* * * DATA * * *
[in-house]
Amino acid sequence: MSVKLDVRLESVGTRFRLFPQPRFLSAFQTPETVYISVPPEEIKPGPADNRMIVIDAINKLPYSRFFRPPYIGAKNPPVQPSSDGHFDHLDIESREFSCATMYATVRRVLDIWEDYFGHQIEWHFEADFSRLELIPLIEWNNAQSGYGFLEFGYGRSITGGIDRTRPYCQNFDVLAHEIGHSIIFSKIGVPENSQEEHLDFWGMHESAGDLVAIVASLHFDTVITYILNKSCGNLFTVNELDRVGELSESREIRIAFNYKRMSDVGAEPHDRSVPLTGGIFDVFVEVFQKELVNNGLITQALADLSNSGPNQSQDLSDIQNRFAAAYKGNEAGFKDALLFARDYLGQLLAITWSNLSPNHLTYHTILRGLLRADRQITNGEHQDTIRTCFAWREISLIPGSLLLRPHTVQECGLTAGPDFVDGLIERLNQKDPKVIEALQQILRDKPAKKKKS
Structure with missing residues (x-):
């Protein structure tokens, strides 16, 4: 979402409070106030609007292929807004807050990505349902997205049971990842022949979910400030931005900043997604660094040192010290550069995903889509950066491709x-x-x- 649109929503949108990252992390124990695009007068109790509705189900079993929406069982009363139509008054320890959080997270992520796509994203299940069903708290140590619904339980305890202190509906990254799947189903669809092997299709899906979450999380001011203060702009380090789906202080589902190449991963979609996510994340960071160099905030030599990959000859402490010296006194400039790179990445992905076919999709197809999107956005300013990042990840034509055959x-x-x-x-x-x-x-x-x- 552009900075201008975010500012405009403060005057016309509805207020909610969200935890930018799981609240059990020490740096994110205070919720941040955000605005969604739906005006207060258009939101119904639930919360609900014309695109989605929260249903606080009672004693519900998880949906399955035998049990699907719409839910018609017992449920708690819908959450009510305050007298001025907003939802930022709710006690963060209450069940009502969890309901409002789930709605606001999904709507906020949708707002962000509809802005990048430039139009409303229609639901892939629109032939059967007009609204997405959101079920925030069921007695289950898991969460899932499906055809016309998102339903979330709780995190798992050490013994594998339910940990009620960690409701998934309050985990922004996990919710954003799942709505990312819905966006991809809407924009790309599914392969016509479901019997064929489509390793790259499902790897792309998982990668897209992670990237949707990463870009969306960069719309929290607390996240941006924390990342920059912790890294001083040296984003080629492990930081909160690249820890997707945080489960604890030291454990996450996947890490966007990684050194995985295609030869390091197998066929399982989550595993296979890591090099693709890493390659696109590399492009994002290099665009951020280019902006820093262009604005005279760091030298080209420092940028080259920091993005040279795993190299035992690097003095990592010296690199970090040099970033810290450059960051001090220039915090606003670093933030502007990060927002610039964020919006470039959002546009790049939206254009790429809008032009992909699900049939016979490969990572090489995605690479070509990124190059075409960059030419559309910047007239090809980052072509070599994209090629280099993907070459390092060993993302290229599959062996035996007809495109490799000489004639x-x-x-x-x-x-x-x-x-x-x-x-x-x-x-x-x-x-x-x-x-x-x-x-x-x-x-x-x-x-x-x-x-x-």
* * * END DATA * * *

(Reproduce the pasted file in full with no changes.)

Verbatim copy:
[in-house]
Amino acid sequence: MSVKLDVRLESVGTRFRLFPQPRFLSAFQTPETVYISVPPEEIKPGPADNRMIVIDAINKLPYSRFFRPPYIGAKNPPVQPSSDGHFDHLDIESREFSCATMYATVRRVLDIWEDYFGHQIEWHFEADFSRLELIPLIEWNNAQSGYGFLEFGYGRSITGGIDRTRPYCQNFDVLAHEIGHSIIFSKIGVPENSQEEHLDFWGMHESAGDLVAIVASLHFDTVITYILNKSCGNLFTVNELDRVGELSESREIRIAFNYKRMSDVGAEPHDRSVPLTGGIFDVFVEVFQKELVNNGLITQALADLSNSGPNQSQDLSDIQNRFAAAYKGNEAGFKDALLFARDYLGQLLAITWSNLSPNHLTYHTILRGLLRADRQITNGEHQDTIRTCFAWREISLIPGSLLLRPHTVQECGLTAGPDFVDGLIERLNQKDPKVIEALQQILRDKPAKKKKS
Structure with missing residues (x-):
């Protein structure tokens, strides 16, 4: 979402409070106030609007292929807004807050990505349902997205049971990842022949979910400030931005900043997604660094040192010290550069995903889509950066491709x-x-x- 649109929503949108990252992390124990695009007068109790509705189900079993929406069982009363139509008054320890959080997270992520796509994203299940069903708290140590619904339980305890202190509906990254799947189903669809092997299709899906979450999380001011203060702009380090789906202080589902190449991963979609996510994340960071160099905030030599990959000859402490010296006194400039790179990445992905076919999709197809999107956005300013990042990840034509055959x-x-x-x-x-x-x-x-x- 552009900075201008975010500012405009403060005057016309509805207020909610969200935890930018799981609240059990020490740096994110205070919720941040955000605005969604739906005006207060258009939101119904639930919360609900014309695109989605929260249903606080009672004693519900998880949906399955035998049990699907719409839910018609017992449920708690819908959450009510305050007298001025907003939802930022709710006690963060209450069940009502969890309901409002789930709605606001999904709507906020949708707002962000509809802005990048430039139009409303229609639901892939629109032939059967007009609204997405959101079920925030069921007695289950898991969460899932499906055809016309998102339903979330709780995190798992050490013994594998339910940990009620960690409701998934309050985990922004996990919710954003799942709505990312819905966006991809809407924009790309599914392969016509479901019997064929489509390793790259499902790897792309998982990668897209992670990237949707990463870009969306960069719309929290607390996240941006924390990342920059912790890294001083040296984003080629492990930081909160690249820890997707945080489960604890030291454990996450996947890490966007990684050194995985295609030869390091197998066929399982989550595993296979890591090099693709890493390659696109590399492009994002290099665009951020280019902006820093262009604005005279760091030298080209420092940028080259920091993005040279795993190299035992690097003095990592010296690199970090040099970033810290450059960051001090220039915090606003670093933030502007990060927002610039964020919006470039959002546009790049939206254009790429809008032009992909699900049939016979490969990572090489995605690479070509990124190059075409960059030419559309910047007239090809980052072509070599994209090629280099993907070459390092060993993302290229599959062996035996007809495109490799000489004639x-x-x-x-x-x-x-x-x-x-x-x-x-x-x-x-x-x-x-x-x-x-x-x-x-x-x-x-x-x-x-x-x-x-």